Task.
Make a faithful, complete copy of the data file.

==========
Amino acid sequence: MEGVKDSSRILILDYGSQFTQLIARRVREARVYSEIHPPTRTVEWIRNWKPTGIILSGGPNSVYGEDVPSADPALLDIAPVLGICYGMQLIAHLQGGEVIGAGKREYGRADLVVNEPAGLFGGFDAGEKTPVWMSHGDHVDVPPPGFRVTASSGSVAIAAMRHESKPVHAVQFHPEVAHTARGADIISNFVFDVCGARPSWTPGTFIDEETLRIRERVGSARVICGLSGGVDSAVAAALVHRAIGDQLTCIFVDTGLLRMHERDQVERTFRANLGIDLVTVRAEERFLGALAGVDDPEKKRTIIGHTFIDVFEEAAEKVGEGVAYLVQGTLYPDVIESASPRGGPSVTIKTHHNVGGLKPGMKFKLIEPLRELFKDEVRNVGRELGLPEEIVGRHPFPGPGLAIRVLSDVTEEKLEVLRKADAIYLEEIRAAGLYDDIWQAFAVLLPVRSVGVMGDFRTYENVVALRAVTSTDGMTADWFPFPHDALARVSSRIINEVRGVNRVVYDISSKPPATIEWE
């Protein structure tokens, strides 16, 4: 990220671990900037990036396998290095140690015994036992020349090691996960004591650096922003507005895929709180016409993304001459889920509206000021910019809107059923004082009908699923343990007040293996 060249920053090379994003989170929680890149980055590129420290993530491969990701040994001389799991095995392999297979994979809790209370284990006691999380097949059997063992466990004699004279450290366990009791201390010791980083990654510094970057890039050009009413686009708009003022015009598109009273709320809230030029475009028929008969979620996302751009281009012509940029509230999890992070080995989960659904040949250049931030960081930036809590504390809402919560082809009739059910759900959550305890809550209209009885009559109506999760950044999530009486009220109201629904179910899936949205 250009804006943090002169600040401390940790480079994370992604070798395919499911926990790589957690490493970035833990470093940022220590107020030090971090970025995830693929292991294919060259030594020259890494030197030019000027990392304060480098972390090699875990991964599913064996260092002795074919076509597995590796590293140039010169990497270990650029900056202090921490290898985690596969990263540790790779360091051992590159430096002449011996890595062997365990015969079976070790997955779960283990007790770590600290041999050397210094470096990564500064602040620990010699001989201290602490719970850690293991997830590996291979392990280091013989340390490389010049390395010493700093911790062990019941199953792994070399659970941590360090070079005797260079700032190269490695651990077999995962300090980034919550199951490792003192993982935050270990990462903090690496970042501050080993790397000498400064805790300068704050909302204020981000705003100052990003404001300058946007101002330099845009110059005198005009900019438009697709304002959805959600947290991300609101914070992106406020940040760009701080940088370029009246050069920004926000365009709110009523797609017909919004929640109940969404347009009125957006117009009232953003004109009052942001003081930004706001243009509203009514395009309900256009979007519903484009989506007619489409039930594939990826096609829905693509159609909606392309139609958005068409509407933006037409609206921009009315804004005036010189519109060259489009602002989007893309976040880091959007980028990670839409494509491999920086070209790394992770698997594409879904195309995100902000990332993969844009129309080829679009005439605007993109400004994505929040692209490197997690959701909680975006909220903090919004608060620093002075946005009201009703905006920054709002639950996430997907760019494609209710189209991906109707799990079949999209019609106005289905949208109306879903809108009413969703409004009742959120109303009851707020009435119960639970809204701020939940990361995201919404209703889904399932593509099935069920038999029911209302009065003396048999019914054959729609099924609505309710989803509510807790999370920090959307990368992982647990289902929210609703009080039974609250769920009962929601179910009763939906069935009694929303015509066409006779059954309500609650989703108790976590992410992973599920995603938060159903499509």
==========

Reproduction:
Amino acid sequence: MEGVKDSSRILILDYGSQFTQLIARRVREARVYSEIHPPTRTVEWIRNWKPTGIILSGGPNSVYGEDVPSADPALLDIAPVLGICYGMQLIAHLQGGEVIGAGKREYGRADLVVNEPAGLFGGFDAGEKTPVWMSHGDHVDVPPPGFRVTASSGSVAIAAMRHESKPVHAVQFHPEVAHTARGADIISNFVFDVCGARPSWTPGTFIDEETLRIRERVGSARVICGLSGGVDSAVAAALVHRAIGDQLTCIFVDTGLLRMHERDQVERTFRANLGIDLVTVRAEERFLGALAGVDDPEKKRTIIGHTFIDVFEEAAEKVGEGVAYLVQGTLYPDVIESASPRGGPSVTIKTHHNVGGLKPGMKFKLIEPLRELFKDEVRNVGRELGLPEEIVGRHPFPGPGLAIRVLSDVTEEKLEVLRKADAIYLEEIRAAGLYDDIWQAFAVLLPVRSVGVMGDFRTYENVVALRAVTSTDGMTADWFPFPHDALARVSSRIINEVRGVNRVVYDISSKPPATIEWE
């Protein structure tokens, strides 16, 4: 990220671990900037990036396998290095140690015994036992020349090691996960004591650096922003507005895929709180016409993304001459889920509206000021910019809107059923004082009908699923343990007040293996 060249920053090379994003989170929680890149980055590129420290993530491969990701040994001389799991095995392999297979994979809790209370284990006691999380097949059997063992466990004699004279450290366990009791201390010791980083990654510094970057890039050009009413686009708009003022015009598109009273709320809230030029475009028929008969979620996302751009281009012509940029509230999890992070080995989960659904040949250049931030960081930036809590504390809402919560082809009739059910759900959550305890809550209209009885009559109506999760950044999530009486009220109201629904179910899936949205 250009804006943090002169600040401390940790480079994370992604070798395919499911926990790589957690490493970035833990470093940022220590107020030090971090970025995830693929292991294919060259030594020259890494030197030019000027990392304060480098972390090699875990991964599913064996260092002795074919076509597995590796590293140039010169990497270990650029900056202090921490290898985690596969990263540790790779360091051992590159430096002449011996890595062997365990015969079976070790997955779960283990007790770590600290041999050397210094470096990564500064602040620990010699001989201290602490719970850690293991997830590996291979392990280091013989340390490389010049390395010493700093911790062990019941199953792994070399659970941590360090070079005797260079700032190269490695651990077999995962300090980034919550199951490792003192993982935050270990990462903090690496970042501050080993790397000498400064805790300068704050909302204020981000705003100052990003404001300058946007101002330099845009110059005198005009900019438009697709304002959805959600947290991300609101914070992106406020940040760009701080940088370029009246050069920004926000365009709110009523797609017909919004929640109940969404347009009125957006117009009232953003004109009052942001003081930004706001243009509203009514395009309900256009979007519903484009989506007619489409039930594939990826096609829905693509159609909606392309139609958005068409509407933006037409609206921009009315804004005036010189519109060259489009602002989007893309976040880091959007980028990670839409494509491999920086070209790394992770698997594409879904195309995100902000990332993969844009129309080829679009005439605007993109400004994505929040692209490197997690959701909680975006909220903090919004608060620093002075946005009201009703905006920054709002639950996430997907760019494609209710189209991906109707799990079949999209019609106005289905949208109306879903809108009413969703409004009742959120109303009851707020009435119960639970809204701020939940990361995201919404209703889904399932593509099935069920038999029911209302009065003396048999019914054959729609099924609505309710989803509510807790999370920090959307990368992982647990289902929210609703009080039974609250769920009962929601179910009763939906069935009694929303015509066409006779059954309500609650989703108790976590992410992973599920995603938060159903499509």